Telling someone who is suicidal to cheer up usually helps.
Trying to cheer someone up might make them feel even more misunderstood and ashamed of their thoughts and feelings. It is important to listen well and take them seriously.
Most people who attempt suicide have gotten it out of their systems and won’t try it again.
A person who has attempted suicide is at higher risk for dying by suicide than someone who has never made an attempt.
Suicidal people aren’t always fully intent on dying.
Most people who are suicidal are undecided about whether they want to live or die. A part of them wants to live, but death seems like the only way out of their pain and suffering.
People who talk about suicide don’t die by suicide.
People who die by suicide usually talk about it first. Always take someone seriously when they talk about suicide.
Talking to someone about suicide won’t make them suicidal.
Asking someone about suicide will not cause them to become suicidal. Discussing suicidal thoughts, if done with sympathy, tact, and respect, can make the person feel less alone and encourage them to get the help they need.
Suicide rarely occurs without warning, “out of the blue.”
Many people who die by suicide have given definite warnings to their family and friends. Always take any comment about suicide seriously.
Most suicides occur around Christmas and Thanksgiving.
Suicide rates are actually lowest in the winter months.
Click here to find local resources in your community or on your college campus
IMPORTANT!Should you witness, hear, or see anyone exhibiting any one or more of the following, get help IMMEDIATELY by contacting a mental health professional, calling your college’s emergency number, or calling 1-800-273-8255(TALK)
Someone threatening to hurt or kill him/herself, or talking of wanting to hurt or kill him/herself
Someone looking for ways to kill him/herself by seeking access to firearms, available pills, or other means
Someone talking or writing about death, dying or suicide, when these actions are out of the ordinary for the person
IMPORTANT!Should you witness, hear, or see anyone exhibiting any one or more of the following, get help AS SOON AS POSSIBLE by contacting a mental health professional, calling your college’s emergency number, or calling 1-800-273-8255(TALK)
Rage, uncontrolled anger, revenge-seeking
Acting reckless or engaging in risky activities, seemingly without thinking
Feeling trapped – like there’s no way out
Increased alcohol or drug use
Withdrawing from friends, family and society
Anxiety, agitation, inability to sleep or sleeping all the time
Dramatic mood changes
Expressing no reason for living; no sense of purpose in life
While depression has forced Yecenia to make sacrifices, the right support and treatment plan keep her in college.
After losing a friend to suicide in high school, Alexandra is determined to help a college friend who is struggling.
The founder of To Write Love on Her Arms explains how a movement based on music and community is helping people across the country cope with mental health issues.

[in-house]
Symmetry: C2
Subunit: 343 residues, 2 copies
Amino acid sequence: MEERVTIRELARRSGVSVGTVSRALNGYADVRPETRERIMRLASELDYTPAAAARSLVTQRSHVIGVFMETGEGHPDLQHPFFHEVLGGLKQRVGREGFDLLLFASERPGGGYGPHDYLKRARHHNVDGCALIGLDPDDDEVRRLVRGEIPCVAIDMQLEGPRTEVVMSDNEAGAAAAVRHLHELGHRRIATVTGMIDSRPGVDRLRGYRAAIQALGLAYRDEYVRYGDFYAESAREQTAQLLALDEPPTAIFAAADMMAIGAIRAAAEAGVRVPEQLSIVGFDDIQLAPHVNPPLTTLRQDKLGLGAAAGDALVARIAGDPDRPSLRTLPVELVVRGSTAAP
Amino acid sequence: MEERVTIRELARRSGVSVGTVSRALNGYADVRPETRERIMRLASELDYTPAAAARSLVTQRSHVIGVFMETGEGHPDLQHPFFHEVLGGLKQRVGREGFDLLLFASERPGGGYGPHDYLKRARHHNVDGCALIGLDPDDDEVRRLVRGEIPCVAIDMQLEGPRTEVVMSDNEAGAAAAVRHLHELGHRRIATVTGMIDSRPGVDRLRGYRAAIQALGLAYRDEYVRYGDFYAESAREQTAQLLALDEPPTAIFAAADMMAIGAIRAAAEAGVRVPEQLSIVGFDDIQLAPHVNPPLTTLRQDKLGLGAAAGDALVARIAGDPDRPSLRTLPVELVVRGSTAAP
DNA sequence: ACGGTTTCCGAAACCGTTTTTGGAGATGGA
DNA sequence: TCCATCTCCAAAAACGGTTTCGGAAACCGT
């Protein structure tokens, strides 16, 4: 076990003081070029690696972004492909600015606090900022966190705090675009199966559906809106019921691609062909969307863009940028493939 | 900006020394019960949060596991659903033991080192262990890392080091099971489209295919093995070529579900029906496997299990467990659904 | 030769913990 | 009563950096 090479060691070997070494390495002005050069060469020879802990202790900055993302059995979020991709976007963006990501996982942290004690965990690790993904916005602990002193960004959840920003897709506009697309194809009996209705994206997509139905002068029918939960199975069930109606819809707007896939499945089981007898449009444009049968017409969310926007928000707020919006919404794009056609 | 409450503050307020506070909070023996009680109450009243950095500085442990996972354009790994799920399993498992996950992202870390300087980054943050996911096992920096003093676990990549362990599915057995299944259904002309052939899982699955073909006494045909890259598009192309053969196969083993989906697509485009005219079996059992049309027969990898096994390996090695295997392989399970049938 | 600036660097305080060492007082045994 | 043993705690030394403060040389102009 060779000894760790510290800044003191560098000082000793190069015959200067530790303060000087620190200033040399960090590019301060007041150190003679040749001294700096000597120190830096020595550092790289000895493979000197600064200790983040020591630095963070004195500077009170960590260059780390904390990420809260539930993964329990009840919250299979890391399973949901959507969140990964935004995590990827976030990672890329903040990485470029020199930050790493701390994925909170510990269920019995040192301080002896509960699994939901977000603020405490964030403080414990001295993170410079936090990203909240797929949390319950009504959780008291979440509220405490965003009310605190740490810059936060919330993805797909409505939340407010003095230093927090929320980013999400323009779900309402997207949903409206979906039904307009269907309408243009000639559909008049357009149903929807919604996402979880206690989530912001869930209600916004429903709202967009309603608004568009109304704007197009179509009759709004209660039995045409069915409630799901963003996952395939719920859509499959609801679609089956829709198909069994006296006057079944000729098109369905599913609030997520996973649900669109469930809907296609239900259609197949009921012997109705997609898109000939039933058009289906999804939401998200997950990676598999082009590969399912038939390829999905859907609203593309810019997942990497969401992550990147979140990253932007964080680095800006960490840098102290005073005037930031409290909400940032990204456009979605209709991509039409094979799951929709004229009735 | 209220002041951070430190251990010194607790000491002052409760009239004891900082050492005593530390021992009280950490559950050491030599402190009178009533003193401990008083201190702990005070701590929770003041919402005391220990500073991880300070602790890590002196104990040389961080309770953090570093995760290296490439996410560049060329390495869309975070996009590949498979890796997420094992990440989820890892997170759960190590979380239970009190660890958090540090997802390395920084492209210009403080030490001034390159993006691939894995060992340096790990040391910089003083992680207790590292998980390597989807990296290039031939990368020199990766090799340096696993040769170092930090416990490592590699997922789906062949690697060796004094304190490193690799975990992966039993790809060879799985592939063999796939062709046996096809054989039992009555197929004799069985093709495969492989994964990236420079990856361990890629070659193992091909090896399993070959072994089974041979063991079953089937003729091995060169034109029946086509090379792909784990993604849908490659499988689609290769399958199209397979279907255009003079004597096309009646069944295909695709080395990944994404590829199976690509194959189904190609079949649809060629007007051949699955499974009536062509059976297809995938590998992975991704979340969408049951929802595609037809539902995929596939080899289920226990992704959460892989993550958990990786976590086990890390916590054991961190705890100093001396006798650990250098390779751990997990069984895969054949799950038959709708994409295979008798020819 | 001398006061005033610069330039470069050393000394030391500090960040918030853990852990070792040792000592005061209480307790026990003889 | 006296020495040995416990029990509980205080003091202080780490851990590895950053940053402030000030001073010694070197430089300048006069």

Suicide is the second leading cause of death among college students, and the third leading cause among all people aged 15-24.
Almost 10% of college students seriously consider attempting suicide.
Among adults, 18 to 24 year-olds attempt suicide more often than any other age group.
More teenagers and young adults die from suicide than from all medical illnesses combined.
Of the over 15 million college students in the US, an estimated 1,100 die by suicide each year (about 3 per day).
Every 2 hours and 11 minutes, a person under the age of 25 dies by suicide.
Factors that can trigger suicidal behavior in college students range from difficulties adjusting to a new environment; a lack of adequate social or coping skills; academic and social pressures; feelings of failure or decreased performance; a sense of alienation and lack of social support; or the onset of mental illness.
Over the last couple of weeks have you felt badly about yourself, such as thinking that you are a failure of have let someone down?
Over the last couple of weeks have you had trouble concentrating or felt your thoughts came more slowly or seemed mixed-up?
Have you been feeling tired, sad, blue or depressed lately?
Have you found yourself in situations where you felt more anxious than usual?
Have you ever felt you should cut down on your use of alcohol or drugs (illegal or prescription)?
Have you noticed recent changes in your behavior, such as sleep pattern, eating habits, mood or interests?
Have you been having difficulty managing stress in your daily life?
Your answers indicate that you may be dealing with one or more problems that you
should explore further. Use our anonymous Check Yourself
tool to learn more or contact your campus health or counseling center for
Your answers indicate that you may not be struggling with the most common
student mental health issues.
If you're still concerned about recent feelings or behavior, use our anonymous Check Yourself tool to learn more.
Get up, stay up with this megamix of feel good videos.
Whether you're up or down, slide into this mix of medium sounds.
Even bad times need a soundtrack. This one is ours.
(800) 273-TALK (8255)
For non-emergencies, suicide, and mental health resources, we suggest the following:
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